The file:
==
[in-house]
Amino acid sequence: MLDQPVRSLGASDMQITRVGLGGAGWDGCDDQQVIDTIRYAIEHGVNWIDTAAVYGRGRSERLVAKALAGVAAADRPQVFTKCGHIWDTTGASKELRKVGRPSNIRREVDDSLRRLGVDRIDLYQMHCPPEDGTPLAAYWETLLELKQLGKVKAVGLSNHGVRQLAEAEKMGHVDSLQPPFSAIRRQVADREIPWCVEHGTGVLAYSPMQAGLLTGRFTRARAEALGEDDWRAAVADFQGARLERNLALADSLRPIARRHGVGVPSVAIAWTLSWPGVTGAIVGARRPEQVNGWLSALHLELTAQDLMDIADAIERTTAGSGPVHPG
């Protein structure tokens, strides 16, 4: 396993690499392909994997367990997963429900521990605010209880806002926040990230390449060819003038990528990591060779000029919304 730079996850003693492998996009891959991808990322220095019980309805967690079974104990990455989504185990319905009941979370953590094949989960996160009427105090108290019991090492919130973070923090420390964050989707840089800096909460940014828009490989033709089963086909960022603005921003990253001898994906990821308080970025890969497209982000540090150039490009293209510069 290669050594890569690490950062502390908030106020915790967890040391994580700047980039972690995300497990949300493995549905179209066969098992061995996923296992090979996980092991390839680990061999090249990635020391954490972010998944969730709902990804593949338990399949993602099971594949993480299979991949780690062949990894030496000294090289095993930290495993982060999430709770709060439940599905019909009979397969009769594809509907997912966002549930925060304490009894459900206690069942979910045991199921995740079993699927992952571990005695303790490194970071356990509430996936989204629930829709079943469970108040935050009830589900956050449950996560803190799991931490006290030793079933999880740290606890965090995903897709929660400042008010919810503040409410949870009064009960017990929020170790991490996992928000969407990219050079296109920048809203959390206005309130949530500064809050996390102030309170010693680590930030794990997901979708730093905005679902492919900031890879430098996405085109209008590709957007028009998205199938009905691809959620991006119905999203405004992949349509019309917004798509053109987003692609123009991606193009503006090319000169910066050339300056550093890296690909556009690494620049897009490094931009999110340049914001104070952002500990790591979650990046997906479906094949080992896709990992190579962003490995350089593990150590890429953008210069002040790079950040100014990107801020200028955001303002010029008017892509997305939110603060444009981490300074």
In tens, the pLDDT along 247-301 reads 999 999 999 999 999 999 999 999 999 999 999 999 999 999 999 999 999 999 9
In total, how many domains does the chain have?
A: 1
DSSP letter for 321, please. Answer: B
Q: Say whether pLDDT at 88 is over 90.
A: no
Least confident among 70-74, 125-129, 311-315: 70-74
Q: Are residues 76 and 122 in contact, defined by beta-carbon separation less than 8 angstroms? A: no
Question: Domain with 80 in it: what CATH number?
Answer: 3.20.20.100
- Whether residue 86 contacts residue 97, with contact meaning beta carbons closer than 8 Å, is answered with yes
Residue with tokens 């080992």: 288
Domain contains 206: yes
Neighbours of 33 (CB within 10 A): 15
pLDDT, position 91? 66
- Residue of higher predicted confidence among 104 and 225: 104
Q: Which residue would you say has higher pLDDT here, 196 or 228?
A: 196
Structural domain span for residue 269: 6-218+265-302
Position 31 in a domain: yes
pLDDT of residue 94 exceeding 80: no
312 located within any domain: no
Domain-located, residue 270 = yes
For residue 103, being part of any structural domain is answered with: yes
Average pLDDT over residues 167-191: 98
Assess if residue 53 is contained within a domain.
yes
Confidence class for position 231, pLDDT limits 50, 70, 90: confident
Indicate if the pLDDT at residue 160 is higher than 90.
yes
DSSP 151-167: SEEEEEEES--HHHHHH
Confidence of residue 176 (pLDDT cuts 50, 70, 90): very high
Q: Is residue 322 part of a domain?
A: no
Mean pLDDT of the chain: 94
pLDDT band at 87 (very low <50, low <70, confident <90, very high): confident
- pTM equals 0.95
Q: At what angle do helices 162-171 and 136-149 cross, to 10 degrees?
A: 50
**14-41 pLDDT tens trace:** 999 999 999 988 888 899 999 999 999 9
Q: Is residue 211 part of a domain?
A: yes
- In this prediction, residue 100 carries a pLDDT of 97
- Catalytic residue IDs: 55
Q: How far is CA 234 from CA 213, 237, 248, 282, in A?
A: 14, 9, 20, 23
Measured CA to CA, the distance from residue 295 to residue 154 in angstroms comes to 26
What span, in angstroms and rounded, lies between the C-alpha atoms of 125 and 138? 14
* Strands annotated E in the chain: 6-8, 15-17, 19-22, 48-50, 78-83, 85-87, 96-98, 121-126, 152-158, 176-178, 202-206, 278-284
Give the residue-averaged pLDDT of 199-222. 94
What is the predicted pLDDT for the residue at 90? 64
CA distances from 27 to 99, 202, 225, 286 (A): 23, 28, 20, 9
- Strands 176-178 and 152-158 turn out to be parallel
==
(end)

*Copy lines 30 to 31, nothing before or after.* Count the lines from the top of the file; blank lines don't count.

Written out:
yes
Confidence class for position 231, pLDDT limits 50, 70, 90: confident